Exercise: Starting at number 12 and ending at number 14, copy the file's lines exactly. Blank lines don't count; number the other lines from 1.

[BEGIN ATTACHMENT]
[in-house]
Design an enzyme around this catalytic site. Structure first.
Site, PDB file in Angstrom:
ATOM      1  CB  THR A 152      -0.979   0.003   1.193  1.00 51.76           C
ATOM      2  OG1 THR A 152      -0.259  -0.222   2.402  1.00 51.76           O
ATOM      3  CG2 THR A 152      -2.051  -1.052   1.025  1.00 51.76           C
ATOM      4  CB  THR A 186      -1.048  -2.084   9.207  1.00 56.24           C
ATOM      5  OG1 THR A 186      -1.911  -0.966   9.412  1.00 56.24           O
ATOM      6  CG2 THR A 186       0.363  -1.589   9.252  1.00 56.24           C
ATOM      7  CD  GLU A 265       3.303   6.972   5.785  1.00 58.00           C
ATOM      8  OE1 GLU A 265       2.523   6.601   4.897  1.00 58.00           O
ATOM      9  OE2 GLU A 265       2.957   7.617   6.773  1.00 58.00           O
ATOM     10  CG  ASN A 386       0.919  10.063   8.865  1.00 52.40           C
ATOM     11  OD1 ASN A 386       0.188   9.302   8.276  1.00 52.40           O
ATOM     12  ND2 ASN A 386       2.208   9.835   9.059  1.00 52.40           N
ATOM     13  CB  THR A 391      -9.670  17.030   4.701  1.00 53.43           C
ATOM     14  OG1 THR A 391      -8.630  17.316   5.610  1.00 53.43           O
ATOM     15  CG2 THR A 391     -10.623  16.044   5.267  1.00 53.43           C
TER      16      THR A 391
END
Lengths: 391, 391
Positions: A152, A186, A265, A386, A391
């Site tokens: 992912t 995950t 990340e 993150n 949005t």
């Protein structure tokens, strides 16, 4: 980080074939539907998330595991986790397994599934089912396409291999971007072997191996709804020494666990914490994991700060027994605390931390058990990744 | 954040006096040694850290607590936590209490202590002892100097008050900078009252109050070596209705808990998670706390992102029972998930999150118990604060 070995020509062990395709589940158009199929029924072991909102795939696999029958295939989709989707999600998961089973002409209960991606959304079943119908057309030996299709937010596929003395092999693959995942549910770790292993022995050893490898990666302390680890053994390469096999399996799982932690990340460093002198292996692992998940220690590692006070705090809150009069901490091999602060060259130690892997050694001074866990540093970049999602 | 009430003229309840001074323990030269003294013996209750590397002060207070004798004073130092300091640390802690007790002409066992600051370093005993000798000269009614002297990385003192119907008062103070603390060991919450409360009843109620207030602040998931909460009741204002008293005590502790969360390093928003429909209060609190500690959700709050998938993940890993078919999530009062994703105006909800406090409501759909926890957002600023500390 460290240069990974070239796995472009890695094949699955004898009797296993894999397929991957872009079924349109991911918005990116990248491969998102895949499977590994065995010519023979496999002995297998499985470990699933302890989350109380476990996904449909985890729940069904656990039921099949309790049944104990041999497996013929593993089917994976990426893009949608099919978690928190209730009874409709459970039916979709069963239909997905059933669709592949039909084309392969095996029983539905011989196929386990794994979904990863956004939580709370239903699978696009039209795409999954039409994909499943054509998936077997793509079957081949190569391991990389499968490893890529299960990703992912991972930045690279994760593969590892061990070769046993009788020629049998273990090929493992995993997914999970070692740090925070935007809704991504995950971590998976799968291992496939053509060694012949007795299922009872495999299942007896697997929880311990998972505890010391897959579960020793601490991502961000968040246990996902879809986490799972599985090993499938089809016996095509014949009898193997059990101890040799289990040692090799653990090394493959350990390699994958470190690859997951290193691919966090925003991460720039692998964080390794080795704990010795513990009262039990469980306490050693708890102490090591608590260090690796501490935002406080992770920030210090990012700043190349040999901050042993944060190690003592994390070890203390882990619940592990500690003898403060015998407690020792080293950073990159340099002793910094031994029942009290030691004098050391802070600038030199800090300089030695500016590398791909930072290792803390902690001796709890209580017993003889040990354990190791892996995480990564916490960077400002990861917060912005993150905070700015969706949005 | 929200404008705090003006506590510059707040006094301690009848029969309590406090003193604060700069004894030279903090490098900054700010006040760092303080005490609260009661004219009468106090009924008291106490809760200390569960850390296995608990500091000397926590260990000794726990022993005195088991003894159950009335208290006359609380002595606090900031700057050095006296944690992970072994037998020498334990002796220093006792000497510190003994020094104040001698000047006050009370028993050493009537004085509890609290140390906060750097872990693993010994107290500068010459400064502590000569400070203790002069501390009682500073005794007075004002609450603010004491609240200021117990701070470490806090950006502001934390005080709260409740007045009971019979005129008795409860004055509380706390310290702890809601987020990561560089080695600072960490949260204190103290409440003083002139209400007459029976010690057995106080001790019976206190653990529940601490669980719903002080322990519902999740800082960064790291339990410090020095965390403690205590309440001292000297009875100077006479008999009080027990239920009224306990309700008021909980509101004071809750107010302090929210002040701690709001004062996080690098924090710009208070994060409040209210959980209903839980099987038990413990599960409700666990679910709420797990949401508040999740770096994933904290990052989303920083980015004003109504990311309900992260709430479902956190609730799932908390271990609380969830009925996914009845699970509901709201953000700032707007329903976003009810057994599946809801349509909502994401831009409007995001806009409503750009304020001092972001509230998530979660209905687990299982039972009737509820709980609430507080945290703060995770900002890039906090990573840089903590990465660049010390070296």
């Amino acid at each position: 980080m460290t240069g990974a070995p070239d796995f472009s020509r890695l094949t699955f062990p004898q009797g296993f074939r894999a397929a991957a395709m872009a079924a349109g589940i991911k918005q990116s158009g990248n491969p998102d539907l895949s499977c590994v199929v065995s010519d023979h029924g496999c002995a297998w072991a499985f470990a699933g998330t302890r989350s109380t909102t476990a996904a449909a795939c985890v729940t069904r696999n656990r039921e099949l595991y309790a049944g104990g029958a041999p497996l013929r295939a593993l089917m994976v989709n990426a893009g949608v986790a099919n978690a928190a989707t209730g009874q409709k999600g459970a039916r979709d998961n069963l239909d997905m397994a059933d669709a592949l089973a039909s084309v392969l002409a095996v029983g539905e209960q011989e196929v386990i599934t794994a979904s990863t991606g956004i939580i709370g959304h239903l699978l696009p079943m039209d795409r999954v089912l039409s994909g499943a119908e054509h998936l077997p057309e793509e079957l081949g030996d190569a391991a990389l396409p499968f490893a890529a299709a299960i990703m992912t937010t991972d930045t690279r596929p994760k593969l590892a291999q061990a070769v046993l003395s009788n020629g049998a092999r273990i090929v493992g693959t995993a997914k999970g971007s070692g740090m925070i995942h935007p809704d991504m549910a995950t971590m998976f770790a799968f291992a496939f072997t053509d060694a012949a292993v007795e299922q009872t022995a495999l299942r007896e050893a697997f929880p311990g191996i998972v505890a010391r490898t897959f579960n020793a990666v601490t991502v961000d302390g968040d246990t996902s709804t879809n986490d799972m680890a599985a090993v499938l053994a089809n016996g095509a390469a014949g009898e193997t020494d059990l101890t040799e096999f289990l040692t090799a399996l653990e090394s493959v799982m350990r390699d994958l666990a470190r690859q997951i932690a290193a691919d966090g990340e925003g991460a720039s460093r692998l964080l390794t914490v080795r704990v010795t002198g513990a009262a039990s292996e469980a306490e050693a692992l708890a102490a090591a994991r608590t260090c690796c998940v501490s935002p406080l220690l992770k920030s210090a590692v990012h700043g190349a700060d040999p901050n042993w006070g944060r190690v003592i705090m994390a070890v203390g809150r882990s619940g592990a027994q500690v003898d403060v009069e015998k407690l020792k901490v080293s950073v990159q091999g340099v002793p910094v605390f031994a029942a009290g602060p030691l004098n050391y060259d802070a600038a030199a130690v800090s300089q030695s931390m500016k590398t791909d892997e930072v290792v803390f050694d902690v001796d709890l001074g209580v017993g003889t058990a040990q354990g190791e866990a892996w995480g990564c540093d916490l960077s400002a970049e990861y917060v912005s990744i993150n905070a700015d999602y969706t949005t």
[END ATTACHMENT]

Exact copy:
ATOM      9  OE2 GLU A 265       2.957   7.617   6.773  1.00 58.00           O
ATOM     10  CG  ASN A 386       0.919  10.063   8.865  1.00 52.40           C
ATOM     11  OD1 ASN A 386       0.188   9.302   8.276  1.00 52.40           O